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(Abst. 1.298), 2019

Long-Term Tolerability and Retention of Adjunctive Brivaracetam in Children
Authors: Jan-Peer Elshoff, UCB Pharma, Monheim am Rhein, Germany; Teresa Gasalla, UCB Pharma, Raleigh, NC, USA; Sami Elmoufti, UCB Pharma, Raleigh, NC, USA; Melinda Martin, UCB Pharma, Smyrna, GA, USA; Xavier Nondonfaz, UCB Pharma, Brussels, Belgium; Anup D. Patel, Nationwide Children's Hospital & The Ohio State University College of Medicine, Columbus, OH, USA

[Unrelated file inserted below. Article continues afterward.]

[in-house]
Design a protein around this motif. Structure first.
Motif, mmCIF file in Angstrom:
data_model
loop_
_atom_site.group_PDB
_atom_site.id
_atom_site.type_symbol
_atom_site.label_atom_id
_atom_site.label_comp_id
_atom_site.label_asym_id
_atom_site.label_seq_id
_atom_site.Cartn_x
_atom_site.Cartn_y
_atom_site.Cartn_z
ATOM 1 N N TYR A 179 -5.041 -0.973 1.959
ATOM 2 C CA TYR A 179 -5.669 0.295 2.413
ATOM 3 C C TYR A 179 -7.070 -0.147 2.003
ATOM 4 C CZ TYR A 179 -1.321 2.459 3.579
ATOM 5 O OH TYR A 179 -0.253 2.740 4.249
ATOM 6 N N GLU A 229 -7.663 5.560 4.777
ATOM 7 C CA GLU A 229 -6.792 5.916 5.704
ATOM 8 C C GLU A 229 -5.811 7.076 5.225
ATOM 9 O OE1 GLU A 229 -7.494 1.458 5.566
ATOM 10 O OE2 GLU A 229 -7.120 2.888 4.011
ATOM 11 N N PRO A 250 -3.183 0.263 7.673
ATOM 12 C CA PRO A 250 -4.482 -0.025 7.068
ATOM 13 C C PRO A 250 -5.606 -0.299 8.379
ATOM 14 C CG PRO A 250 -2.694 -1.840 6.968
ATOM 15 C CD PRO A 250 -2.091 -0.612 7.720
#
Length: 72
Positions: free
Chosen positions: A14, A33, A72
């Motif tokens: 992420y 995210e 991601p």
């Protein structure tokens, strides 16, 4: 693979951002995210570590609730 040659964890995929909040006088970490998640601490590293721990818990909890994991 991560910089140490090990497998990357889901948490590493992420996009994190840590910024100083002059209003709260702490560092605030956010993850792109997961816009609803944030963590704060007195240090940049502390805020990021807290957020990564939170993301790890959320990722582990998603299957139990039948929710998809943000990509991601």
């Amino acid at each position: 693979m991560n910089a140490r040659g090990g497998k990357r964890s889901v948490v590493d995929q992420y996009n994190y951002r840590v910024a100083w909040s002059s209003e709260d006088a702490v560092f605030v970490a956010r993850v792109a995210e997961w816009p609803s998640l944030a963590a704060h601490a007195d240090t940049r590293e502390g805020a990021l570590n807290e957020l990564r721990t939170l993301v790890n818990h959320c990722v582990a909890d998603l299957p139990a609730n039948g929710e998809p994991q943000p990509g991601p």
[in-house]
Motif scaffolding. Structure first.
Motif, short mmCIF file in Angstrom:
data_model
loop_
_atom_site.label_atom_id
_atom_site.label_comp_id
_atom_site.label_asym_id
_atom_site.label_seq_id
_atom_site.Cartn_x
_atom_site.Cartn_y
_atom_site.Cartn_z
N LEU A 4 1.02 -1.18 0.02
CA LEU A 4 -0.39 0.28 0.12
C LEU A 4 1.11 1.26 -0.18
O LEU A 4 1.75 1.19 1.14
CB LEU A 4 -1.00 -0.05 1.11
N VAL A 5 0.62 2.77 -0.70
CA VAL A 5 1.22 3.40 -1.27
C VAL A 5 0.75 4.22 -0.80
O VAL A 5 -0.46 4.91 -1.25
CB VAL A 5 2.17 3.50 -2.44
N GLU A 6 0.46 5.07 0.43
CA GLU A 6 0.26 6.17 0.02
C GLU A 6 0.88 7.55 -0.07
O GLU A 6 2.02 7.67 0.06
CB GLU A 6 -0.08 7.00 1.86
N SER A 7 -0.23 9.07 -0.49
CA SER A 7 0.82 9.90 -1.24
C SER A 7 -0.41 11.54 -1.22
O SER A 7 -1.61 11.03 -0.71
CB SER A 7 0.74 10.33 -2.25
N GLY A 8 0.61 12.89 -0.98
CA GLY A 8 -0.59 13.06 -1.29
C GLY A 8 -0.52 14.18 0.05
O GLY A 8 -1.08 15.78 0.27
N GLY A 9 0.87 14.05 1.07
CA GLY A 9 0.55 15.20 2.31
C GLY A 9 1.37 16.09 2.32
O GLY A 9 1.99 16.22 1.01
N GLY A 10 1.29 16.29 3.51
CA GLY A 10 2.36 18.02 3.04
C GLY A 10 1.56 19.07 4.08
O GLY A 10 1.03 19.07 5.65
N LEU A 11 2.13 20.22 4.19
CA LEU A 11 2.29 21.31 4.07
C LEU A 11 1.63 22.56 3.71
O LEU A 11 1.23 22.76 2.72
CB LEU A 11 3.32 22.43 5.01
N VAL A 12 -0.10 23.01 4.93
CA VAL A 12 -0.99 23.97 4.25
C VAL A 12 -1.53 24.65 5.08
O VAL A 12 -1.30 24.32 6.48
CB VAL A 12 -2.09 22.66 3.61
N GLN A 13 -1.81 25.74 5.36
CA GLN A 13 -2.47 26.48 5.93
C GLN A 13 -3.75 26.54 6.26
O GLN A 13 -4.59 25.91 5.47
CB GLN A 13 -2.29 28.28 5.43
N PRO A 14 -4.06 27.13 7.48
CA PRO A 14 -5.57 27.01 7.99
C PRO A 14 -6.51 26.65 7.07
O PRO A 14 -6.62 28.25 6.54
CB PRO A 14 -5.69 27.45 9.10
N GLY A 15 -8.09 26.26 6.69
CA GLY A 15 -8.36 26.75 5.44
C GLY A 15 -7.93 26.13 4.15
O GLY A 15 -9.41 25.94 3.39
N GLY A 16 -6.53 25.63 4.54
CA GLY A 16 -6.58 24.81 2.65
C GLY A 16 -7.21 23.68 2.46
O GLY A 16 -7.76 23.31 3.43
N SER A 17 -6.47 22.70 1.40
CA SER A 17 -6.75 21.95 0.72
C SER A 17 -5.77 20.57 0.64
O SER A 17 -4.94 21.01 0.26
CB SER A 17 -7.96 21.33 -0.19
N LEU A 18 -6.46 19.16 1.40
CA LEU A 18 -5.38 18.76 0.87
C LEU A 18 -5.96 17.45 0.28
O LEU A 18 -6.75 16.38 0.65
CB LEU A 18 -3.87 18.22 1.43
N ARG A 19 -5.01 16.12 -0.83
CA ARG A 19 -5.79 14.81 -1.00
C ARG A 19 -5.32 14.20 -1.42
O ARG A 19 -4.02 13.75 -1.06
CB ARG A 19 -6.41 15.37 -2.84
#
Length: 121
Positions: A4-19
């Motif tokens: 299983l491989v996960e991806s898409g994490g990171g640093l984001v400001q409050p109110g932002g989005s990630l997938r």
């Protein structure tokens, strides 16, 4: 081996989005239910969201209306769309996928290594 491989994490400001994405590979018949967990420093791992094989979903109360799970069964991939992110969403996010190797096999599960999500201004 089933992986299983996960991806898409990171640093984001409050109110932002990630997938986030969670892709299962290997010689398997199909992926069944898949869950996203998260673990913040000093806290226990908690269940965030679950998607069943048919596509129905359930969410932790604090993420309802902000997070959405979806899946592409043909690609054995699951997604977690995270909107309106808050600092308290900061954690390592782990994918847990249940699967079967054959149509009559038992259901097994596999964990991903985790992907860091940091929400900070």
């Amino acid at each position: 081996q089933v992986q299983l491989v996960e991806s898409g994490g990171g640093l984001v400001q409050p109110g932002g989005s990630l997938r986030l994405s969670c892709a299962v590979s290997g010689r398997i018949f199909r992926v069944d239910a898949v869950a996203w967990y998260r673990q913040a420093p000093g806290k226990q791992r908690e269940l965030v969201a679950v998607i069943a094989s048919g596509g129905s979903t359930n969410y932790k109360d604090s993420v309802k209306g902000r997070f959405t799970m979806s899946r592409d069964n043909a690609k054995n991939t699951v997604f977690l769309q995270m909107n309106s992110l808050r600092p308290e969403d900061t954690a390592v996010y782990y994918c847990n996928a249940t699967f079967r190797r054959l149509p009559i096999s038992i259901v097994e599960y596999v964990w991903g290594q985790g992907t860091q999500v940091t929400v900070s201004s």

Content: Rationale: In the United States, brivaracetam (BRV) is indicated for the treatment of focal seizures in patients 4 years of age and older. This pooled analysis of interim trial data was performed to evaluate long-term tolerability and retention of adjunctive BRV in children younger than 4 years of age with focal seizures. Methods: N01263 (NCT00422422) was an open-label trial of adjunctive BRV in children (aged ≥1 month to <16 years) with epilepsy, uncontrolled by 1–3 concomitant antiepileptic drugs (AEDs). BRV dose was up-titrated over 3 weeks (0.8–4 mg/kg/day). Patients who completed this trial could continue on BRV in an open-label extension trial (N01266, NCT01364597). Patients received BRV at a flexible dose of 1–5 mg/kg/day (maximum 200 mg/day) during long-term evaluation. This pooled interim analysis (cut-off March 15, 2017) was conducted for patients younger than 4 years of age with focal seizures. Kaplan-Meier estimated 12- and 24-month retention rates were calculated from time of first exposure to BRV. Results: 16 patients younger than 4 years of age with focal seizures were enrolled in the initial trial; 14 (87.5%) entered the long-term extension trial. At cut-off, 7 (43.8%) patients were receiving BRV and 9 (56.3%) had discontinued. Most common reasons for discontinuation were lack of efficacy (3 [18.8%]), adverse event (2 [12.5%]), caregiver choice (1 [6.3%]). Mean age was 1.4 years; 12 (75.0%) patients were male (Table 1). Most common modal BRV dose was >3–4 mg/kg/day in 13 (81.3%) patients (≤1 mg/kg/day: 2 [12.5%], >1–2 mg/kg/day: 1 [6.3%]). Total exposure to BRV was 40.8 patient-years; 7 (43.8%) patients had ≥48 months of treatment. Kaplan-Meier estimated 12- and 24-month retention rates were 68.8% (95% confidence interval 40.5–85.6) and 62.5% (34.9–81.1), respectively. All 16 patients had treatment-emergent adverse events (TEAEs), most commonly (≥7 patients) pyrexia, vomiting, nasopharyngitis, and upper respiratory tract infection (Table 2). 10 (62.5%) patients had TEAEs considered drug-related by the investigator, most commonly (≥2 patients) decreased appetite (2 [12.5%]). 8 (50.0%) patients had serious TEAEs; convulsion (2 [12.5%]) was the only serious TEAE in ≥2 patients. 2 (12.5%) patients discontinued due to TEAEs (hepatic enzyme increased [1]; decreased appetite [1]). Conclusions: Long-term adjunctive BRV was generally well tolerated in children under 4 years of age with focal seizures, with few discontinuations due to TEAEs. Kaplan-Meier estimated 1- and 2-year retention was high, suggesting that BRV treatment was effective in this limited number of patients. Funding: UCB Pharma-sponsored
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